In cold climates, mice and rabbits can damage or destroy fruit trees by eating the lower bark. Observe the lower bark for mice activity, and install tree guards if this is a problem in your orchard.
12. Compost or Juice Windfalls and Damaged Fruit
Windfalls and slightly damaged fruit can be saved for eating or processing. However, some fallen fruit will be too damaged to save. This fruit attracts wasps and other pests, and is better off in the compost where it can contribute to building healthy compost for spring. Wear gloves when picking fruit off the ground, as wasps can be present in the hollowed-out parts of fallen fruit, and pose a hazard.
Windfalls are also among the tastiest apples for summer/fall eating. This is because they have reached the peak of ripeness. They often have a bruise, sometimes difficult to see, which is why they should not be stored with the ‘perfects’. Remember the old saying “One bad apple spoils the whole bunch.” This is so true. For this reason we gather windfalls and use them for making our own homemade apple juice. Making juice is a perfect way of using apples which are not perfect enough for storing, or for using the excess “early-eating” apples such as Transparents and Gravensteins which are not meant for storing.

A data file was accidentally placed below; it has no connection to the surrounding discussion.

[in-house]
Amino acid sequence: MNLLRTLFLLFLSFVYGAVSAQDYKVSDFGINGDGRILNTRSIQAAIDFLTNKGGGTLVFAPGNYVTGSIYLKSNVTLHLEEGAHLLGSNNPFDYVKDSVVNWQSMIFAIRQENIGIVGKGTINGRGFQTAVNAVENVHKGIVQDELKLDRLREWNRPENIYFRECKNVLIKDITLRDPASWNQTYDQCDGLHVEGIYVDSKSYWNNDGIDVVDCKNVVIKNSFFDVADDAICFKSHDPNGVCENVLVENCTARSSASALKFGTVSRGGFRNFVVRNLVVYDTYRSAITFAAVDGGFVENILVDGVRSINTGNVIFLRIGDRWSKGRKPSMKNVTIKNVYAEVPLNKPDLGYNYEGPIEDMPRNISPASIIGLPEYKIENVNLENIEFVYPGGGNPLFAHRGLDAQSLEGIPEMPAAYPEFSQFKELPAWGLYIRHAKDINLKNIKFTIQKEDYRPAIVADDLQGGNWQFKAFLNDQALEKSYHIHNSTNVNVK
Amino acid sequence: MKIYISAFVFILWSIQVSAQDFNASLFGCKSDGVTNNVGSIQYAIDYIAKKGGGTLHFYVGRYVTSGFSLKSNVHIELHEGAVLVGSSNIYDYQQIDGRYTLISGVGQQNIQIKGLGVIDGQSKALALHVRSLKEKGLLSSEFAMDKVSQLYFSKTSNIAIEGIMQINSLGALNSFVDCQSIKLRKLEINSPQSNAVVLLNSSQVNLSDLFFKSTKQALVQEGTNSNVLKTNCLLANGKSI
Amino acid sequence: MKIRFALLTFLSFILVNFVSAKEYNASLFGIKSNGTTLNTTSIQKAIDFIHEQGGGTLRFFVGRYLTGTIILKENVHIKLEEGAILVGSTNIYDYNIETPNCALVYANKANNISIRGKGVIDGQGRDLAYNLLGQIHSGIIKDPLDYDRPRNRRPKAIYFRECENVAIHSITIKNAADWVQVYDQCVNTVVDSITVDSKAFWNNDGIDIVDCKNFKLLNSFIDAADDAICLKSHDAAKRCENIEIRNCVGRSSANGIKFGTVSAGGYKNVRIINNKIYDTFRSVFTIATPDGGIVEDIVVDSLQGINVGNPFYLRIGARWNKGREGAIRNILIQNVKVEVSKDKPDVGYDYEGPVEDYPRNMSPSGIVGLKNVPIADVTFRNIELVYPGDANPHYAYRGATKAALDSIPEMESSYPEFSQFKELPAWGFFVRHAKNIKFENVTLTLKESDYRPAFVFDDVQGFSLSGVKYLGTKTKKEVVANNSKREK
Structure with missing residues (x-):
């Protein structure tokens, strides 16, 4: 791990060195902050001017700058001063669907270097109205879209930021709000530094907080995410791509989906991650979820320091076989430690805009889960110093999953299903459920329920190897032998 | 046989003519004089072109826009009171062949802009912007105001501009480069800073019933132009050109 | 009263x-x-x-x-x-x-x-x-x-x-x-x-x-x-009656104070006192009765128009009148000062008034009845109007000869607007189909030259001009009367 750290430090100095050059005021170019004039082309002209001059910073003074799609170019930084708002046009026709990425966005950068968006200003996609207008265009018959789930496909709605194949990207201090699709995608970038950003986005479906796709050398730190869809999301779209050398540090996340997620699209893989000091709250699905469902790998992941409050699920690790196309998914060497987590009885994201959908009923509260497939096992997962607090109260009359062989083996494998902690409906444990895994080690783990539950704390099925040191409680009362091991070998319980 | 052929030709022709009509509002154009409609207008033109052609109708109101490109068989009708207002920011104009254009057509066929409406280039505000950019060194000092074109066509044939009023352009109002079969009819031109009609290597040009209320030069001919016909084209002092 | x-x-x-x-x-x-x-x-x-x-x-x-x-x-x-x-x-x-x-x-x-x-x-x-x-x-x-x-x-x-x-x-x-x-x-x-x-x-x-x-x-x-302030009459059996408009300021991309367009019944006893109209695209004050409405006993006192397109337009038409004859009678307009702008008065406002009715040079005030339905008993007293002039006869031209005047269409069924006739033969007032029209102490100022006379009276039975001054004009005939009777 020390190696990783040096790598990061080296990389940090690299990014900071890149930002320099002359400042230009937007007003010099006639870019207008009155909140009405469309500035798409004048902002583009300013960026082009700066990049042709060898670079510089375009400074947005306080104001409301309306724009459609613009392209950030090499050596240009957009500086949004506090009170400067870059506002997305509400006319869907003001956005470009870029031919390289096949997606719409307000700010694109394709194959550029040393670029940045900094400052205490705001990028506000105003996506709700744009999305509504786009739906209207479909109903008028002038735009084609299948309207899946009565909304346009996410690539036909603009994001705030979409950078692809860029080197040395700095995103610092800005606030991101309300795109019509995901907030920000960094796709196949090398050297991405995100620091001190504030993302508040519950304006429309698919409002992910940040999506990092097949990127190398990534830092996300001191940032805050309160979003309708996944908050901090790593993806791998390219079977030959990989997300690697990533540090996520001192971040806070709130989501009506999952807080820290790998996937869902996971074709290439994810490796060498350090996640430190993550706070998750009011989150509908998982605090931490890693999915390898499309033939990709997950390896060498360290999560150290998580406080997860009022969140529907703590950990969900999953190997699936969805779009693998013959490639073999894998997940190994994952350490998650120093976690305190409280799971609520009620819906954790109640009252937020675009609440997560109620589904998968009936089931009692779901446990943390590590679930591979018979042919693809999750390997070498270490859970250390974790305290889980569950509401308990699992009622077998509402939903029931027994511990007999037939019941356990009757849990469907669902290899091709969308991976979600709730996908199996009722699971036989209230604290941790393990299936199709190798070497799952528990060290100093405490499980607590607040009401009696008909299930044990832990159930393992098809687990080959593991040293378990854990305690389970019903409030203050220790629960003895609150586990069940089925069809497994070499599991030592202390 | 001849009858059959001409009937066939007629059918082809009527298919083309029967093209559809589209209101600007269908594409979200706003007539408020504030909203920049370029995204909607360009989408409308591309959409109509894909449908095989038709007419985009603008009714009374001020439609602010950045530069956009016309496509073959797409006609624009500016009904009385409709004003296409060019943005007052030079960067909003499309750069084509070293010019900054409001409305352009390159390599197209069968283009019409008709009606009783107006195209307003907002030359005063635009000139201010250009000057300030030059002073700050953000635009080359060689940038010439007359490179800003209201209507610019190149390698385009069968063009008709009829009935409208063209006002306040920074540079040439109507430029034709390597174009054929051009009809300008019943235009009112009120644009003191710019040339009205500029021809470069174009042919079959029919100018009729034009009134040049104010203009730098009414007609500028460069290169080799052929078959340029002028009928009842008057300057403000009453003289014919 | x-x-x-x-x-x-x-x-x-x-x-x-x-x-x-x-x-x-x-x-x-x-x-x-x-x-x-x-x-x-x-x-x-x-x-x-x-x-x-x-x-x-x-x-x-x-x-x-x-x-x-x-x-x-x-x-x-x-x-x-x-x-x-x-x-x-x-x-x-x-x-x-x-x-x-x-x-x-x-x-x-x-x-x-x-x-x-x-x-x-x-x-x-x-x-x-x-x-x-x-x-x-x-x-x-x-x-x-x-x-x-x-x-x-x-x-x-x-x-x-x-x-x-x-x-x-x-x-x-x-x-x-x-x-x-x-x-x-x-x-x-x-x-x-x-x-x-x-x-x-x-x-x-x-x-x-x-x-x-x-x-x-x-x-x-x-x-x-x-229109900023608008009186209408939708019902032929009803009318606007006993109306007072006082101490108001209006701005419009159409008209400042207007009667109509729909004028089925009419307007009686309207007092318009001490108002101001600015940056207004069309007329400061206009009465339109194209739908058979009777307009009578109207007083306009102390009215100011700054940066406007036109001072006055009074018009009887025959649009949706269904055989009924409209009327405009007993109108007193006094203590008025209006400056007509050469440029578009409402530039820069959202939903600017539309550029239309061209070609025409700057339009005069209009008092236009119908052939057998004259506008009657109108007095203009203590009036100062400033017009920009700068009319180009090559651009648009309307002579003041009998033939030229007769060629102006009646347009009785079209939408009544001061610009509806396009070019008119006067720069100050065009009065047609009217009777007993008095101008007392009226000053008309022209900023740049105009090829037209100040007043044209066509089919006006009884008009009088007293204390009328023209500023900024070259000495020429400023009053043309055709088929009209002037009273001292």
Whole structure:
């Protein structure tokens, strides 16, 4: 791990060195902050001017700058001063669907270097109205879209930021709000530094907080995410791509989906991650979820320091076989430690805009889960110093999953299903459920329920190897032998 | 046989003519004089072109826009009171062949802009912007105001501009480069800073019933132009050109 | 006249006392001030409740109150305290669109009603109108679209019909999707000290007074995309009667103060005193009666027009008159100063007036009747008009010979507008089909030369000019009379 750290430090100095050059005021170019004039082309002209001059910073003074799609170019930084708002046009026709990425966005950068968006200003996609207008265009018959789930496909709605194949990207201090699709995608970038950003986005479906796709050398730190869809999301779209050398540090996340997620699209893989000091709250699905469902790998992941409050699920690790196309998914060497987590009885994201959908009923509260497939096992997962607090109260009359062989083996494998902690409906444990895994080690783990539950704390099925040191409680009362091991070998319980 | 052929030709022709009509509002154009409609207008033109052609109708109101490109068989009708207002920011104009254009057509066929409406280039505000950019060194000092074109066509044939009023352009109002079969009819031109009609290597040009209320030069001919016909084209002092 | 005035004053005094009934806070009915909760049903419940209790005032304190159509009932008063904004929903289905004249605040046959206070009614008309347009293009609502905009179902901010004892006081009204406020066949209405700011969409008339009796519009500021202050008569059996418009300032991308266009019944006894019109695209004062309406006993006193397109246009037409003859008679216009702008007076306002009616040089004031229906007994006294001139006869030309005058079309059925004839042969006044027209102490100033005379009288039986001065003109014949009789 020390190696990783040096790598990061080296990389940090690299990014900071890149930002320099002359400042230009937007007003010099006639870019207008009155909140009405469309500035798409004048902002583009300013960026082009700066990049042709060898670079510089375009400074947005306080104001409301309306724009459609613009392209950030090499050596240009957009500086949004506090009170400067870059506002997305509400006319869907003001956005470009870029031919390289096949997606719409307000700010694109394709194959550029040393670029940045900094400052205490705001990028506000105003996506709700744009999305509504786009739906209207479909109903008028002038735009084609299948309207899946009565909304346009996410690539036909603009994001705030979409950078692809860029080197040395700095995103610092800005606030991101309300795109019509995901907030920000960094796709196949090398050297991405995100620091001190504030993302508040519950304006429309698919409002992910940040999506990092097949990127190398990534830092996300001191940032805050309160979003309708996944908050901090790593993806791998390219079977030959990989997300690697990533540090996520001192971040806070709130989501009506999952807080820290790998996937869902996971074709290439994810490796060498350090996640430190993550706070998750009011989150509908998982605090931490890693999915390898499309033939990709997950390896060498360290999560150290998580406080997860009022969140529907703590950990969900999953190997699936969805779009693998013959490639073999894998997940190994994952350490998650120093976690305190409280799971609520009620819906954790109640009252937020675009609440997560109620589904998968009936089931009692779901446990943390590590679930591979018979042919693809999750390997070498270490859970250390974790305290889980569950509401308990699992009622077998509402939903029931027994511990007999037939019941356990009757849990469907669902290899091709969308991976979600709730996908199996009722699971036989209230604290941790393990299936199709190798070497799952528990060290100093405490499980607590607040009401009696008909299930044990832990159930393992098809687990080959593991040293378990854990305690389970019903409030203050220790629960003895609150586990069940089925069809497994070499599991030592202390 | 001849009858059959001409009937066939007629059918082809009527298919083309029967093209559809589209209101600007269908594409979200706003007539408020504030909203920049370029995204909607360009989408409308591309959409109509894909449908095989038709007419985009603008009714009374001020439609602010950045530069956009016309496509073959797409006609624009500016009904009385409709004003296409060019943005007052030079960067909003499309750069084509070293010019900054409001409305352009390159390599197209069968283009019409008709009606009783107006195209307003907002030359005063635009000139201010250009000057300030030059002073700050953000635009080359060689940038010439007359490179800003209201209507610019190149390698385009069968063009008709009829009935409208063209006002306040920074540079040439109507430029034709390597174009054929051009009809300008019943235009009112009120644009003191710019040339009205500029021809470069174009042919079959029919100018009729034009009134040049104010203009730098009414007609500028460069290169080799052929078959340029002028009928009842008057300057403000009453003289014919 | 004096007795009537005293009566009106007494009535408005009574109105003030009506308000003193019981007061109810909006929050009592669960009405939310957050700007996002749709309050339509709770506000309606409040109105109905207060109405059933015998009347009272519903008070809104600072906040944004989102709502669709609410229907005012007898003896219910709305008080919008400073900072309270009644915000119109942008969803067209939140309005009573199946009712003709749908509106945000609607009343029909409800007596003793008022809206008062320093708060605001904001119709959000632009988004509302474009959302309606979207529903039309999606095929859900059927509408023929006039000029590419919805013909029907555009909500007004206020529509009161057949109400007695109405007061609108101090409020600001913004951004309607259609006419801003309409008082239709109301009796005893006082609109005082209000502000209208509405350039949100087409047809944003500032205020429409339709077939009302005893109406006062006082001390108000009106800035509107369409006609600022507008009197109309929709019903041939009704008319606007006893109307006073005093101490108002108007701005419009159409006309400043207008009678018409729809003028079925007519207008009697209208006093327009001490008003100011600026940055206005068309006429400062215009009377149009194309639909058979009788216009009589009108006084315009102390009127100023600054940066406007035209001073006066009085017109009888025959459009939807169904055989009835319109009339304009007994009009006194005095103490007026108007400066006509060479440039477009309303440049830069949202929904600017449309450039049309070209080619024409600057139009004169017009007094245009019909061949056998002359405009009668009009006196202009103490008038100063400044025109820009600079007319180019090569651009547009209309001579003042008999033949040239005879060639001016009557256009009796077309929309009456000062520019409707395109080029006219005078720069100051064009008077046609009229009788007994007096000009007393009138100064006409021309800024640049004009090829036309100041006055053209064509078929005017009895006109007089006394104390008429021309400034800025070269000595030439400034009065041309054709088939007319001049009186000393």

13. Check Tree Stakes for Firmness and Vertical Orientation
If you have any of your trees staked, now is the time to check to see if they are still well set and vertical. During the summer months of growth and taking on weight due to the fruit load, the stakes can loosen in the ground, allowing the tree to lean. In our orchard, the trees which became ‘leaners’ have all since fallen during winter wind storms. We now take care to see that the stakes on young trees are sound, and each fall we cinch-in the ropes (from stake to tree) enough to keep the tree as vertical as possible.